Vernier Software and Technology
Vernier Software & Technology

Energy Content of Fuels

Figure from experiment 17 from Chemistry with Vernier

Introduction

In this experiment, you will find and compare the heat of combustion of two different fuels: paraffin wax and ethanol. Paraffin is a member of a group of compounds called alkanes that are composed entirely of carbon and hydrogen atoms. Many alkanes, such as gasoline and diesel oil, are important fuels. Ethanol, C2H5OH, is used as a gasoline additive (gasohol) and as a gasoline substitute. In this experiment, you will compare the energy content of paraffin and ethanol by measuring their heats of combustion in kJ/g of fuel.

In order to find the heat of combustion, you will first use the energy from burning ethanol or paraffin to heat a known quantity of water. By monitoring the temperature of the water, you can find the amount of heat transferred to it, using the formula

q = C_p \cdot m \cdot \Delta t

where q is heat, Cp is the specific heat capacity of water, m is the mass of water, and Δt is the change in temperature of the water. Finally, the amount of fuel burned will be taken into account by calculating the heat per gram of fuel consumed in the combustion.

Objectives

In this experiment, you will

  • Compare the heat of combustion for paraffin wax and ethanol.
  • Calculate the heat of combustion and percent efficiency for both fuels.

Sensors and Equipment

This experiment features the following Vernier sensors and equipment.

Option 1

Option 2

Additional Requirements

You may also need an interface and software for data collection. What do I need for data collection?

Standards Correlations

See all standards correlations for Chemistry with Vernier »

Chemistry with Vernier

See other experiments from the lab book.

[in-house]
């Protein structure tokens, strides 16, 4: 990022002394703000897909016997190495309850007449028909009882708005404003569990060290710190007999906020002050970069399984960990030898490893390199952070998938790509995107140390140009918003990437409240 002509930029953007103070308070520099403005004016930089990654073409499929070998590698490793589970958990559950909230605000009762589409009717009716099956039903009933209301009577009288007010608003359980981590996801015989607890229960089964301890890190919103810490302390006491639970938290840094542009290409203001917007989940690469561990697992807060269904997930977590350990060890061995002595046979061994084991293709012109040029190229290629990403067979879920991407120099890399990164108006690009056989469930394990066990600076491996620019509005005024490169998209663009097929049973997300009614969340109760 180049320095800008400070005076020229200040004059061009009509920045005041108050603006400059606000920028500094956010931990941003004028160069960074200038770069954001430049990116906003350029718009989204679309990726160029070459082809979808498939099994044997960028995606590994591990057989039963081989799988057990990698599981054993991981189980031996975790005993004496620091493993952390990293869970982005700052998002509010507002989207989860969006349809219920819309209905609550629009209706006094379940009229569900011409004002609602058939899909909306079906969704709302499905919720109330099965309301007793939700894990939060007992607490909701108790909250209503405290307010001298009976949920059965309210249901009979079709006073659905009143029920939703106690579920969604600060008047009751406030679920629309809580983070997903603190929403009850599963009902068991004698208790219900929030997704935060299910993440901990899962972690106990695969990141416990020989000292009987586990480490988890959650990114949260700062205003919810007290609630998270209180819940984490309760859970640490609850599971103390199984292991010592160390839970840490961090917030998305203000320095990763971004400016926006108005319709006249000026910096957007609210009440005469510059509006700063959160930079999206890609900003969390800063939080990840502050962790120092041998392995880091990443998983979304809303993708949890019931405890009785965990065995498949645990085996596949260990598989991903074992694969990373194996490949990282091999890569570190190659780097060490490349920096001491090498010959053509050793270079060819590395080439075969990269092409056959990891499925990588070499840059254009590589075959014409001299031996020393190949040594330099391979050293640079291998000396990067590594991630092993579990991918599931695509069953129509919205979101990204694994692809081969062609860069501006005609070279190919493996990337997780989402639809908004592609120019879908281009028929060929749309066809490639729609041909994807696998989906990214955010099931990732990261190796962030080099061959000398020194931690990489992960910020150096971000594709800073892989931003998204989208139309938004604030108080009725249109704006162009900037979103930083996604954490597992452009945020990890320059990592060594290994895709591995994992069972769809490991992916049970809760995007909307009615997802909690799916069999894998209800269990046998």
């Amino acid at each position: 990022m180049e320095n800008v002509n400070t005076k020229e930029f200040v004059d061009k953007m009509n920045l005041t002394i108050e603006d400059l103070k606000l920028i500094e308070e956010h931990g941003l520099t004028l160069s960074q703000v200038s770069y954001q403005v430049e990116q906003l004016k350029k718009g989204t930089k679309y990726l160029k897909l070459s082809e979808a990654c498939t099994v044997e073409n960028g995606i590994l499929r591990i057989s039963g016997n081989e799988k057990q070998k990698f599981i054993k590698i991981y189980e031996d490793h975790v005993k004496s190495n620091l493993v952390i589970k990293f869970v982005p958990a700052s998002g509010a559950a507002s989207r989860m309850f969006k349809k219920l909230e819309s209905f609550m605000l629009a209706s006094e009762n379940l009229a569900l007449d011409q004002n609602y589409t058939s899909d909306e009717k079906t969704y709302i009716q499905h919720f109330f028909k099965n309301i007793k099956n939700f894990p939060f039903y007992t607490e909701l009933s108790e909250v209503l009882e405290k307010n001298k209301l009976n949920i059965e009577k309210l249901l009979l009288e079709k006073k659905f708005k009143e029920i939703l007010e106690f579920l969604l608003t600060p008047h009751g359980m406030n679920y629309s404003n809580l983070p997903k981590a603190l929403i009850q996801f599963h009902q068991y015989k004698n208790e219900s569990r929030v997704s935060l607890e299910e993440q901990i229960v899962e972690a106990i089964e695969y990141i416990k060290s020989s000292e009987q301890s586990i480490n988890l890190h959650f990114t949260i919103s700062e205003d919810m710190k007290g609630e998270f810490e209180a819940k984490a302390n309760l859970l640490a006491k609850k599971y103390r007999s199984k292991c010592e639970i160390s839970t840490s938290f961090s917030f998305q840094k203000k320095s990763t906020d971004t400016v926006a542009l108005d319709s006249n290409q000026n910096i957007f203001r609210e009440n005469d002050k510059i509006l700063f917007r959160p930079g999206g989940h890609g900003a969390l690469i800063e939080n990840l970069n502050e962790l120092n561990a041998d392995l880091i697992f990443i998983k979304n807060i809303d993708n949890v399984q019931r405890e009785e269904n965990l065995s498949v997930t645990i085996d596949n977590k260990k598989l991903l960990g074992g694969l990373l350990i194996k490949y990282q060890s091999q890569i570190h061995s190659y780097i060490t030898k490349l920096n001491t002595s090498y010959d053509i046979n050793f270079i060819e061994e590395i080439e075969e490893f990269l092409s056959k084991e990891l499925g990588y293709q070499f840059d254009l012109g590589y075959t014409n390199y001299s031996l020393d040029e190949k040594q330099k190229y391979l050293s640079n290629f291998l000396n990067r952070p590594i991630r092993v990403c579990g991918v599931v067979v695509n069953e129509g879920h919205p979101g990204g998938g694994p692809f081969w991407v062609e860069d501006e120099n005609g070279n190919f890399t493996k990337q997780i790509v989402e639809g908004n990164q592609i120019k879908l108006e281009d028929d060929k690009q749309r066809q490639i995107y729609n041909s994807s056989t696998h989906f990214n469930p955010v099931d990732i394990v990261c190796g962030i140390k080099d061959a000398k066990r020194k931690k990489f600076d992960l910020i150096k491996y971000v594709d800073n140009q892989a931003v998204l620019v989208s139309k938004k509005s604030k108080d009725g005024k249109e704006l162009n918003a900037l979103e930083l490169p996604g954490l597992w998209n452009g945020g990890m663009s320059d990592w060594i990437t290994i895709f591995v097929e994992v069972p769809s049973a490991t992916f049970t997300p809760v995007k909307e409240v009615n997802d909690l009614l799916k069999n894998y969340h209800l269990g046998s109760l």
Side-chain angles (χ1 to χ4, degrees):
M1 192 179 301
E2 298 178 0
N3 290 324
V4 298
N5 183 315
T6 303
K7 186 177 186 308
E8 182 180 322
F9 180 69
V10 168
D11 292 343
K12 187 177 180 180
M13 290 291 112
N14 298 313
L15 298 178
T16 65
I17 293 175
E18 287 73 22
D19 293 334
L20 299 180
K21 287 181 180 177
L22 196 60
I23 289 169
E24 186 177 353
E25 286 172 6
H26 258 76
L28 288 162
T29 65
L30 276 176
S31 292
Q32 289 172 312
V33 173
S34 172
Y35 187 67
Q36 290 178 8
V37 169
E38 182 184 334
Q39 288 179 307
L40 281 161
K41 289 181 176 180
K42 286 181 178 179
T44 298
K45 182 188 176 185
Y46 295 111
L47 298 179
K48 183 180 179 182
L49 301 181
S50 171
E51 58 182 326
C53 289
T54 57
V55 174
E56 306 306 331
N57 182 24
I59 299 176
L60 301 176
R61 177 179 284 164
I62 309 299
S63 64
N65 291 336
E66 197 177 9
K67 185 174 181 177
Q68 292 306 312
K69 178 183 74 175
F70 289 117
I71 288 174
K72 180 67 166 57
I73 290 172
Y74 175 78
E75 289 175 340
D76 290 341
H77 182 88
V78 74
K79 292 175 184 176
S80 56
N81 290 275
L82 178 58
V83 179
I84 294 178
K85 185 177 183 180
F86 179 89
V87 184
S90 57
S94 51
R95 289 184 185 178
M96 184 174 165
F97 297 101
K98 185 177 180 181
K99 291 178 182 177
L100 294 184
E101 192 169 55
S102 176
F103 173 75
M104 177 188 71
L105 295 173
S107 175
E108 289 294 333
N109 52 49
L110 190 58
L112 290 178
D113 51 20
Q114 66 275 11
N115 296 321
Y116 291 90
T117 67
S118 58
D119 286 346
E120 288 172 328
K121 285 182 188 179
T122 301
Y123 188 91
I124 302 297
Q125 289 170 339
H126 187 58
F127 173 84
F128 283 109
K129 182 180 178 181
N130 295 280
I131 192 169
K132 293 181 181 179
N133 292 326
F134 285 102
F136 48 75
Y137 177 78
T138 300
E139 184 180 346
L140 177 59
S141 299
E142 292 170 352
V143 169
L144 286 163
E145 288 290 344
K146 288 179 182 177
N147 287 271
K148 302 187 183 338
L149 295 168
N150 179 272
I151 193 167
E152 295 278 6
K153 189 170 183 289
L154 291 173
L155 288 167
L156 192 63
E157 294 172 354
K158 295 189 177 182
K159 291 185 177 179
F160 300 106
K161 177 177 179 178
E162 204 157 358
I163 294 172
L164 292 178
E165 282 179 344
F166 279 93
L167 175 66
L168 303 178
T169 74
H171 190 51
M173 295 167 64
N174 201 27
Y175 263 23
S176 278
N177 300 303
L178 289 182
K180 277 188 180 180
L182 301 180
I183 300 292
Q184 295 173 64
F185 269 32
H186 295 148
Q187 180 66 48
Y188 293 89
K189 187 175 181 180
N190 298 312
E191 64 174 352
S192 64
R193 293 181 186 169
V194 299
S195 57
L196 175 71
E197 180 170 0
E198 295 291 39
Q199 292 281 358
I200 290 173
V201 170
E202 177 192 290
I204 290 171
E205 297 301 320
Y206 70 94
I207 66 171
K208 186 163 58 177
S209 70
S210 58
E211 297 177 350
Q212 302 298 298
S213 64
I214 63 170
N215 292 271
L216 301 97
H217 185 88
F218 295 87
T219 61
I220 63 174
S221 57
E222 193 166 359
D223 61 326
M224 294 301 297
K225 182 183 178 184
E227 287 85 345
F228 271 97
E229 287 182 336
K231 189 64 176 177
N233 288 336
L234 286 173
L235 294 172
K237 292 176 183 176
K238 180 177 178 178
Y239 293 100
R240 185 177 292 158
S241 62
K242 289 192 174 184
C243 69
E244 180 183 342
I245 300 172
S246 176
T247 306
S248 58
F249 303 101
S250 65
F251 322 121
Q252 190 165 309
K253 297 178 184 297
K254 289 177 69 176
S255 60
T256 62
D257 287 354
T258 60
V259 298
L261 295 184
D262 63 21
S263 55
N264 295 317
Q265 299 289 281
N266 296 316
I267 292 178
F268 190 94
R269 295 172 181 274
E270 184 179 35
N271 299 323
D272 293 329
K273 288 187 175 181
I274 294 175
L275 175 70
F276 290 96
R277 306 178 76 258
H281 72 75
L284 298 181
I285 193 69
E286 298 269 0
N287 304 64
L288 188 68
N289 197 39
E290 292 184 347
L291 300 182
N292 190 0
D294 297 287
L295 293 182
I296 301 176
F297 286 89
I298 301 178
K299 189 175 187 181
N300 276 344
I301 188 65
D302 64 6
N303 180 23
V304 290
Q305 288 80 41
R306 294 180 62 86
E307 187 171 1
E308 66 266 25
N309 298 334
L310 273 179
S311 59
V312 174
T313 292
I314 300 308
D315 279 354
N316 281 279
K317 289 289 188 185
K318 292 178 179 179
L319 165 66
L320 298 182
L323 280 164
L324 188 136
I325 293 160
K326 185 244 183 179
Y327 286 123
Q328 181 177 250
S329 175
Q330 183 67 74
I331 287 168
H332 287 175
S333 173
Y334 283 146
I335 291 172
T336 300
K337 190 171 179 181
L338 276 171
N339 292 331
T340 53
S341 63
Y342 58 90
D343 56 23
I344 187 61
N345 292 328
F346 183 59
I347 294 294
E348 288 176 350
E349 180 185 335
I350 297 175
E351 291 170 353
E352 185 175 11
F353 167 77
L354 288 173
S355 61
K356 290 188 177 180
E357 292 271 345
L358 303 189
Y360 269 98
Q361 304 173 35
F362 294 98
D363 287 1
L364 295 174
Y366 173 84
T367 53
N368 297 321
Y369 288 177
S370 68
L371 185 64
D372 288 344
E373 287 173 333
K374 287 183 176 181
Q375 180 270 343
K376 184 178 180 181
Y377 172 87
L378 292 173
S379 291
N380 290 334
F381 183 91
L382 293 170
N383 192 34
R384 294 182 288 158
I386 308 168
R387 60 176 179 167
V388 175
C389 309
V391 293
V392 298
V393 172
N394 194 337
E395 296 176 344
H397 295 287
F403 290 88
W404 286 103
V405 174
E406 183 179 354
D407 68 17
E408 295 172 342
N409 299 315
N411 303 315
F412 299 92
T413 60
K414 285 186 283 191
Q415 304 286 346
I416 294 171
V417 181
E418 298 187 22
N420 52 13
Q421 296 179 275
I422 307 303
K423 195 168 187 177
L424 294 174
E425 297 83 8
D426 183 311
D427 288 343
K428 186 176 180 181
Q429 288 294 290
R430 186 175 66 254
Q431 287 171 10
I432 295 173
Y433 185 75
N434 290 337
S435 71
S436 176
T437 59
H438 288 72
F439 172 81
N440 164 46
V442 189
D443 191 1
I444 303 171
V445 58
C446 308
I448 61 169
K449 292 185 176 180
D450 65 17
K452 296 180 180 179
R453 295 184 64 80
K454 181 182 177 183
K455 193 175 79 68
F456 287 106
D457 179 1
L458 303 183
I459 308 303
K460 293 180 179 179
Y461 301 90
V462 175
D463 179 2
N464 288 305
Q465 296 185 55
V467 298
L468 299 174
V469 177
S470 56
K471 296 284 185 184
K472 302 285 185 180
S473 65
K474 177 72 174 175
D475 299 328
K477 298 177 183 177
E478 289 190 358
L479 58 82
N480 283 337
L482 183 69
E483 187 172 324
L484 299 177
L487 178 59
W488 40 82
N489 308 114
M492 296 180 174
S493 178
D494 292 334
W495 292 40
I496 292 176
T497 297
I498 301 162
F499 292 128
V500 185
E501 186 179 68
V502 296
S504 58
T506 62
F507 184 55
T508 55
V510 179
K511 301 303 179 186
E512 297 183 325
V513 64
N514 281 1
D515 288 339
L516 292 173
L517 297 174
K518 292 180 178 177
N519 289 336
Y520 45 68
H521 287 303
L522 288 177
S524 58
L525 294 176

1Endothermic and Exothermic Reactions
2Freezing and Melting of Water
3Another Look at Freezing Temperature
4Heat of Fusion of Ice
5Find the Relationship: An Exercise in Graphing Analysis
6Boyle's Law: Pressure-Volume Relationship in Gases
7Pressure-Temperature Relationship in Gases
8Fractional Distillation
9Evaporation and Intermolecular Attractions
10Vapor Pressure of Liquids
11Determining the Concentration of a Solution: Beer's Law
12Effect of Temperature on Solubility of a Salt
13Properties of Solutions: Electrolytes and Non-Electrolytes
14Conductivity of Solutions: The Effect of Concentration
15Using Freezing Point Depression to Find Molecular Weight
16Energy Content of Foods
17Energy Content of Fuels
18Additivity of Heats of Reaction: Hess's Law
19Heat of Combustion: Magnesium
20Chemical Equilibrium: Finding a Constant, Kc
21Household Acids and Bases
22Acid Rain
23Titration Curves of Strong and Weak Acids and Bases
24Acid-Base Titration
25Titration of a Diprotic Acid: Identifying an Unknown
26Using Conductivity to Find an Equivalence Point
27Acid Dissociation Constant, Ka
28Establishing a Table of Reduction Potentials: Micro-Voltaic Cells
29Lead Storage Batteries
30Rate Law Determination of the Crystal Violet Reaction
31Time-Release Vitamin C Tablets
32The Buffer in Lemonade
33Determining the Free Chlorine Content of Swimming Pool Water
34Determining the Quantity of Iron in a Vitamin Tablet
35Determining the Phosphoric Acid Content in Soft Drinks
36Microscale Acid-Base Titration

Experiment 17 from Chemistry with Vernier Lab Book

<em>Chemistry with Vernier</em> book cover

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